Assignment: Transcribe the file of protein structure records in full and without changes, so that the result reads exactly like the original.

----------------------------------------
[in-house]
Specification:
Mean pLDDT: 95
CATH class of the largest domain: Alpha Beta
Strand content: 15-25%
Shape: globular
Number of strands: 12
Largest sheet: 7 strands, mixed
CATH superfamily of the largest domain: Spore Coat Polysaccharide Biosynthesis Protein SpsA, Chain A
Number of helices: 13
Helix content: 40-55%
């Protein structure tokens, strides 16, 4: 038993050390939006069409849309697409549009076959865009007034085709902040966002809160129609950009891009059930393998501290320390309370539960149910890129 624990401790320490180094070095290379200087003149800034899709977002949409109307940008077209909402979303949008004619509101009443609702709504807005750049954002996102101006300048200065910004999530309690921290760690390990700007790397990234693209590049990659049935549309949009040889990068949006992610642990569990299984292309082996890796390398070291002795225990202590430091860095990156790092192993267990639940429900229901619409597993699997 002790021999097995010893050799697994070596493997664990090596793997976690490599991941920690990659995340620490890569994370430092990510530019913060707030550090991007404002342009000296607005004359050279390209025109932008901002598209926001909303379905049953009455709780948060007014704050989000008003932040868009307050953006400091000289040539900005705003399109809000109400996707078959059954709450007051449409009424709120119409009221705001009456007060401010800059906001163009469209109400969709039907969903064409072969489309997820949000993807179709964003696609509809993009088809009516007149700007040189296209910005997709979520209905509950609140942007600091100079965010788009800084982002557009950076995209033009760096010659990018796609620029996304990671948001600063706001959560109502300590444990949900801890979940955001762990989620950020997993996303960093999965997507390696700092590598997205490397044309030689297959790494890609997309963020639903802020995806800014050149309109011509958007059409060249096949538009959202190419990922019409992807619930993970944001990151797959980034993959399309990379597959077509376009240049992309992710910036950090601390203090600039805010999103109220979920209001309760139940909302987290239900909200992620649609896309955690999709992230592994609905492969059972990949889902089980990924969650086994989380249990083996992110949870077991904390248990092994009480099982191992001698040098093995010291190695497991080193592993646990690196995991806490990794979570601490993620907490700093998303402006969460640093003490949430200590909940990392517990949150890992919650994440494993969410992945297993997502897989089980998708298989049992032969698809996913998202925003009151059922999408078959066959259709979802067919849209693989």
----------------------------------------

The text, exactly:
[in-house]
Specification:
Mean pLDDT: 95
CATH class of the largest domain: Alpha Beta
Strand content: 15-25%
Shape: globular
Number of strands: 12
Largest sheet: 7 strands, mixed
CATH superfamily of the largest domain: Spore Coat Polysaccharide Biosynthesis Protein SpsA, Chain A
Number of helices: 13
Helix content: 40-55%
């Protein structure tokens, strides 16, 4: 038993050390939006069409849309697409549009076959865009007034085709902040966002809160129609950009891009059930393998501290320390309370539960149910890129 624990401790320490180094070095290379200087003149800034899709977002949409109307940008077209909402979303949008004619509101009443609702709504807005750049954002996102101006300048200065910004999530309690921290760690390990700007790397990234693209590049990659049935549309949009040889990068949006992610642990569990299984292309082996890796390398070291002795225990202590430091860095990156790092192993267990639940429900229901619409597993699997 002790021999097995010893050799697994070596493997664990090596793997976690490599991941920690990659995340620490890569994370430092990510530019913060707030550090991007404002342009000296607005004359050279390209025109932008901002598209926001909303379905049953009455709780948060007014704050989000008003932040868009307050953006400091000289040539900005705003399109809000109400996707078959059954709450007051449409009424709120119409009221705001009456007060401010800059906001163009469209109400969709039907969903064409072969489309997820949000993807179709964003696609509809993009088809009516007149700007040189296209910005997709979520209905509950609140942007600091100079965010788009800084982002557009950076995209033009760096010659990018796609620029996304990671948001600063706001959560109502300590444990949900801890979940955001762990989620950020997993996303960093999965997507390696700092590598997205490397044309030689297959790494890609997309963020639903802020995806800014050149309109011509958007059409060249096949538009959202190419990922019409992807619930993970944001990151797959980034993959399309990379597959077509376009240049992309992710910036950090601390203090600039805010999103109220979920209001309760139940909302987290239900909200992620649609896309955690999709992230592994609905492969059972990949889902089980990924969650086994989380249990083996992110949870077991904390248990092994009480099982191992001698040098093995010291190695497991080193592993646990690196995991806490990794979570601490993620907490700093998303402006969460640093003490949430200590909940990392517990949150890992919650994440494993969410992945297993997502897989089980998708298989049992032969698809996913998202925003009151059922999408078959066959259709979802067919849209693989």